Types of Research Support

Use this page to help you get started considering whether NINDS is a good fit for your proposal and selecting the appropriate grant type or mechanism for your work.

Step 1 - Determine if your proposal fits within the mission of NINDS 

The first aspect to think about when considering NINDS for funding support is whether your research proposal is within the mission of NINDS. This can be straightforward or it can be a little more complex given that several other NIH Institutes and Centers support topics that overlap or are adjacent to NINDS’ mission.

One approach to get started is to see if work similar to what you are proposing has or is currently supported by NINDS. The NIH Matchmaker tool allows you to input draft specific aims and look for related projects supported by NINDS.

Try NIH's Matchmaker to Look for Fit with NINDS
Input draft specific aims and/or abstracts in the NIH Matchmaker tool and look for related projects supported by NINDS and relevant NINDS program officers.

If results from Matchmaker are unclear, and/or if your application involves a clinical trial or you are considering any non-parent NOFO, it's important to check with an NINDS program officer before submitting. Matchmaker will also suggest a top matching program officer which is often the best person to reach out to first with questions. 

Step 2 - Select the appropriate grant type or mechanism 

Once you’ve determined that your proposal is within the mission of NINDS, you’ll want to identify the best grant type or mechanism (officially known as an "activity code" - e.g. R01, F32, U54, etc.) to support your work. Choosing the best mechanism of support is important and should match the needs and stage of your proposal.

Use the links below to explore and identify a grant mechanism that fits your work. Once you have identified a mechanism that looks to be a good fit, procced to step 3 - Finding a Funding Opportunity.

What Type of Funding Support Are You Looking For? 

Step 3 - Identify a Funding Opportunity

Now that you've identified a type of grant/mechanism for your work, it's time to find an appropriate Notice of Funding Opportunity or NOFO. For any application you submit to NIH, you must apply through an NOFO, which will tell you everything you need to know about who is eligible to apply and what is required.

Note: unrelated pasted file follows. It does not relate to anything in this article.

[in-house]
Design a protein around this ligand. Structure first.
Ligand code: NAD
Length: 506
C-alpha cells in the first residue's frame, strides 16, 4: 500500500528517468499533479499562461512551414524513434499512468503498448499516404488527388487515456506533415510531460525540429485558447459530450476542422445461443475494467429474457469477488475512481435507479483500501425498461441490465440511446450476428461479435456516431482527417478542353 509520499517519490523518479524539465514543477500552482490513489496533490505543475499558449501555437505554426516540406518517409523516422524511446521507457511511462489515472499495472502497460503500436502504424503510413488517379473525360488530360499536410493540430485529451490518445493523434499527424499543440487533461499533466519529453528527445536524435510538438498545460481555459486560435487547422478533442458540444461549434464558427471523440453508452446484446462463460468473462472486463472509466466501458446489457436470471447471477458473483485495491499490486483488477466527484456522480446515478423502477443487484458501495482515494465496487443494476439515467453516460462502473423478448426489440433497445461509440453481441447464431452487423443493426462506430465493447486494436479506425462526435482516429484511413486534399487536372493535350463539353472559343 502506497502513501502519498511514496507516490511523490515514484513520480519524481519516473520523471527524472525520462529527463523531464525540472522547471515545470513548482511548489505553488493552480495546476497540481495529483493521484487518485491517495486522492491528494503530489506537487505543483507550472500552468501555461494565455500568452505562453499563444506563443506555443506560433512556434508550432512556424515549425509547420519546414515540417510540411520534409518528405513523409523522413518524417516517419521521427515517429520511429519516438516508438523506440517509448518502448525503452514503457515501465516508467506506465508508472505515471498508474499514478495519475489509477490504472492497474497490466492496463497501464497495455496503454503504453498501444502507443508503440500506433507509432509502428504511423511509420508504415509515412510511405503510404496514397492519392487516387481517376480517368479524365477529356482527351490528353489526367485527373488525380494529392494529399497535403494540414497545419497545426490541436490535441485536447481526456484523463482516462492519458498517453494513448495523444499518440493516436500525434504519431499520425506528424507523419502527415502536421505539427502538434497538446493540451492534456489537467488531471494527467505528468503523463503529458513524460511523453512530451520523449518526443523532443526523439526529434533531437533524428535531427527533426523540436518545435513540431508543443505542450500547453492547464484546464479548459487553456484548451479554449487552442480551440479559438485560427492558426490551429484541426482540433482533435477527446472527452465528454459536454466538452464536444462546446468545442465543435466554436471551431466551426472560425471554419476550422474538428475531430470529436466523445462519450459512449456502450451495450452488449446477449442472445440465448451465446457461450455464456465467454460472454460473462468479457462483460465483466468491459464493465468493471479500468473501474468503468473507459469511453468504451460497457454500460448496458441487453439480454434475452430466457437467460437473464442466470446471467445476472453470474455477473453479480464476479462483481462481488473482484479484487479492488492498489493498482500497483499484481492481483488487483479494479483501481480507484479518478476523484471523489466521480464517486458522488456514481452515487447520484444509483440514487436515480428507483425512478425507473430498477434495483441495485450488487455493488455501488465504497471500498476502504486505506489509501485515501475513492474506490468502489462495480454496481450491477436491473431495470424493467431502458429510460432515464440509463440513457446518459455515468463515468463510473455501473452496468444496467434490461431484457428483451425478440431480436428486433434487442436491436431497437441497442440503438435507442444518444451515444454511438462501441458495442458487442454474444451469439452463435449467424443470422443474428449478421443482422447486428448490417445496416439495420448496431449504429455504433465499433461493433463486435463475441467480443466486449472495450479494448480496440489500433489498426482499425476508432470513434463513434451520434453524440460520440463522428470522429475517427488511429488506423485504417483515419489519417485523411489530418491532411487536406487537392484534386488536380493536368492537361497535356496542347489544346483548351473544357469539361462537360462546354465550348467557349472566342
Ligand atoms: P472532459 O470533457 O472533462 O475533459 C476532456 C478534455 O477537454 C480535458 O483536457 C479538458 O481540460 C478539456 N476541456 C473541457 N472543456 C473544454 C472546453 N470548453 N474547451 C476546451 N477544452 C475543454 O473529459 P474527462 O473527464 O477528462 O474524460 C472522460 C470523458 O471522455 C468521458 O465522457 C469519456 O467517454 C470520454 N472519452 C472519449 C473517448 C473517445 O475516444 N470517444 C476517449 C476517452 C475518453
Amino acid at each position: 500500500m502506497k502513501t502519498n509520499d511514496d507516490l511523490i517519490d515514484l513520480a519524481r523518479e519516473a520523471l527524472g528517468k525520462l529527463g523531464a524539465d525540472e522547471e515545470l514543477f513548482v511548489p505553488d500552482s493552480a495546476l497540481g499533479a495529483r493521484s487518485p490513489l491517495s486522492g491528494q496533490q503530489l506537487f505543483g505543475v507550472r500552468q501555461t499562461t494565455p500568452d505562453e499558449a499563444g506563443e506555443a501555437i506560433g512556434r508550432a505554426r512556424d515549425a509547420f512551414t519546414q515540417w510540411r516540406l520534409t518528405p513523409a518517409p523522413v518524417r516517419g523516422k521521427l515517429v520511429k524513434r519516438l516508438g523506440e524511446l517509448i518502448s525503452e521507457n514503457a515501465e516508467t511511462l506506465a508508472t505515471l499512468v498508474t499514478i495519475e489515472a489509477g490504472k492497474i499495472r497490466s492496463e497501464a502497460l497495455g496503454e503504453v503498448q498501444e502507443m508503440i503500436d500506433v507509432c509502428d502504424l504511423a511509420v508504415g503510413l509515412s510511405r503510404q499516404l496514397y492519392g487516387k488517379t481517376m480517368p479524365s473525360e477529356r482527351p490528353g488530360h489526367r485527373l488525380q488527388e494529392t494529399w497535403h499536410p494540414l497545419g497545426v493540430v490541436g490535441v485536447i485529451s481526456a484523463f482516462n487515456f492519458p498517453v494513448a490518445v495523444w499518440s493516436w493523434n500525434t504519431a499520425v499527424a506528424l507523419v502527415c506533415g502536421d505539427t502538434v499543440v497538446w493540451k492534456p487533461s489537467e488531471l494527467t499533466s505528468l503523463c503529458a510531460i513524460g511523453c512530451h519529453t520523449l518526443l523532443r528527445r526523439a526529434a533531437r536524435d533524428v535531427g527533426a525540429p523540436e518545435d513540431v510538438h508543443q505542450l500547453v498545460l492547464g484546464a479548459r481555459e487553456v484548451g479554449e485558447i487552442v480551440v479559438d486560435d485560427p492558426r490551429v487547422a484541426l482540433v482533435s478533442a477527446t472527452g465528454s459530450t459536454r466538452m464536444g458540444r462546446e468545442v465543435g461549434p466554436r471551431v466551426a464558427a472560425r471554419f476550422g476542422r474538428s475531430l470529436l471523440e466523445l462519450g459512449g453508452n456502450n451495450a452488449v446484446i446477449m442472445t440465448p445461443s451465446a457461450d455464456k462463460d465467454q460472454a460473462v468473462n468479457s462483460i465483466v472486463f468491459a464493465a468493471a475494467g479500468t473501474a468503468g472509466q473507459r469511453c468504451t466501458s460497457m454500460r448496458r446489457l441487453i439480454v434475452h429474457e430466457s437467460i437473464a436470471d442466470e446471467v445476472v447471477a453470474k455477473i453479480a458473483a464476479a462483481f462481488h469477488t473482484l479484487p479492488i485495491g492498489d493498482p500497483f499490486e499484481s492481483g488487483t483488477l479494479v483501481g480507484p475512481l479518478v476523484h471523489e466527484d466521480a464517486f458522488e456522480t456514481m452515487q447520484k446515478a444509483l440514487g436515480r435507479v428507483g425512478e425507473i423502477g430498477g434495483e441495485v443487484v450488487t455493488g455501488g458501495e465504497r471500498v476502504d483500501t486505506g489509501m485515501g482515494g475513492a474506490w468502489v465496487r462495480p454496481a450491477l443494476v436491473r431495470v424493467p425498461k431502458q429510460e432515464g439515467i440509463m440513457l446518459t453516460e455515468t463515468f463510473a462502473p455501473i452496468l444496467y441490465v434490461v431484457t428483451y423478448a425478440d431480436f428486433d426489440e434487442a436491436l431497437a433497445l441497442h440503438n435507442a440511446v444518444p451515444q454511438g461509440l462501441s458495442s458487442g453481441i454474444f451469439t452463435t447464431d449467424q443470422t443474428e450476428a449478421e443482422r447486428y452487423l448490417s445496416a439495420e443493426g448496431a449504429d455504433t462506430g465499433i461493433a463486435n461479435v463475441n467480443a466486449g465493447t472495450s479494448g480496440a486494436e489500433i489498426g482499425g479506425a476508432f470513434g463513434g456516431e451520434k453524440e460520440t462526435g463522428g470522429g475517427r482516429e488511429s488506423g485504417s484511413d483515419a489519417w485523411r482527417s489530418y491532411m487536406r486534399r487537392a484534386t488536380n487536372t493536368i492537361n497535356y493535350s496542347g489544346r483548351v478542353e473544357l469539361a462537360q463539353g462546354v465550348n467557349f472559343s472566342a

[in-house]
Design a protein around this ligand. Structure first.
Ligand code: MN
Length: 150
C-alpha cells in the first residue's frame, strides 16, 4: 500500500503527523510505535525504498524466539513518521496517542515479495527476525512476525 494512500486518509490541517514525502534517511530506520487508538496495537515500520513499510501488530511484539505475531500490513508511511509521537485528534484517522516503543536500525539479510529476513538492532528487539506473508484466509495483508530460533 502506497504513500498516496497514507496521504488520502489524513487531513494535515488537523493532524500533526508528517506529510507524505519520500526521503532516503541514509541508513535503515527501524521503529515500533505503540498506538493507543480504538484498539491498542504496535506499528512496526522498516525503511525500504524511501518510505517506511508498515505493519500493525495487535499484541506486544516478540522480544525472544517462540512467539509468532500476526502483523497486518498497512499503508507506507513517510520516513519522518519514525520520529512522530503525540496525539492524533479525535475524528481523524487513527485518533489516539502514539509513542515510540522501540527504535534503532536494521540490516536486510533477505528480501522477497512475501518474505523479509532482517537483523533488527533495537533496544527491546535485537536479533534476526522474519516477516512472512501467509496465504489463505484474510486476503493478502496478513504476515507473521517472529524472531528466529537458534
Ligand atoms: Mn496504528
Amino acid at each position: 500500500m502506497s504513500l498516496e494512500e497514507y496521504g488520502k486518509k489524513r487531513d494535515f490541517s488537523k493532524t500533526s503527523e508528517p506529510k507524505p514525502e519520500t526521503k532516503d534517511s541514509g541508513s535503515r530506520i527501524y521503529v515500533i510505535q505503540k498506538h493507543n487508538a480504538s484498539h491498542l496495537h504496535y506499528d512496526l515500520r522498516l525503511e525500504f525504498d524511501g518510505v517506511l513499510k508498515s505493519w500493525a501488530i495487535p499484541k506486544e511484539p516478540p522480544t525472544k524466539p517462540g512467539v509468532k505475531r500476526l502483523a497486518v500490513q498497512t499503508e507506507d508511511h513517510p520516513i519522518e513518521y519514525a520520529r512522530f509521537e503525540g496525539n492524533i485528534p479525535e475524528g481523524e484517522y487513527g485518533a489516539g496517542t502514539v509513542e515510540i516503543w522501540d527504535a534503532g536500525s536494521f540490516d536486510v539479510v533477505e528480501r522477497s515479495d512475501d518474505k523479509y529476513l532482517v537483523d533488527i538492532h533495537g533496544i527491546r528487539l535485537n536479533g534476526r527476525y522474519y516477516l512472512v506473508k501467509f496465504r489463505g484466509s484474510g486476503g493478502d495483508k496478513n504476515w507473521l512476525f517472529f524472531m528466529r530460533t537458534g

Two ways to find NOFOs:

NINDS Funding Opportunities
Use the NINDS Find Funding Opportunities page to look for active notices of funding opportunities (NOFOs) for that mechanism that NINDS participates in. Select the "Filters" button and enter the grant mechanism you have identified in the "Grant Mechanism" field.
NIH Guide to Grants and Contracts
You can also always use the NIH NOFO Guide page as well and select the "activity code" (grant type or mechanism) you are interested in. Make sure you are searching for NOFOs that NINDS participates in by checking "NINDS" in the "Organizations" box at the top of the page.

Applying to the most appropriate NOFO is critical for a number of reasons:

  1. NINDS must participate in the NOFO you are considering. For a list of all active NOFOs NINDS participates in, please view the NINDS NOFO Guide
  2. The NOFO must accept the kind of research you are proposing. This can include whether you are proposing a clinical trial and also any additional criteria as defined in the NOFO.
  3. NINDS may support only specific areas or types of proposals under an NOFO. Applications outside these areas will not be supported (funded).


Are you doing a clinical trial or BESH study?
Be mindful that some NOFOs only accept or support certain kinds of research such as clinical trials (or not) or Basic Experimental Studies Involving Humans (BESH). Learn more about how to know if you are planning an NIH-defined clinical trial or BESH study.

NOTE: Applying to an inappropriate NOFO can result in your application being withdrawn before review or not considered for funding.   


Want to contact NINDS staff?
Please visit our Find Your NINDS Program Officer page to learn more about contacting Program Officers, Grants Management Specialists, Scientific Review Officers, and Health Program Specialists.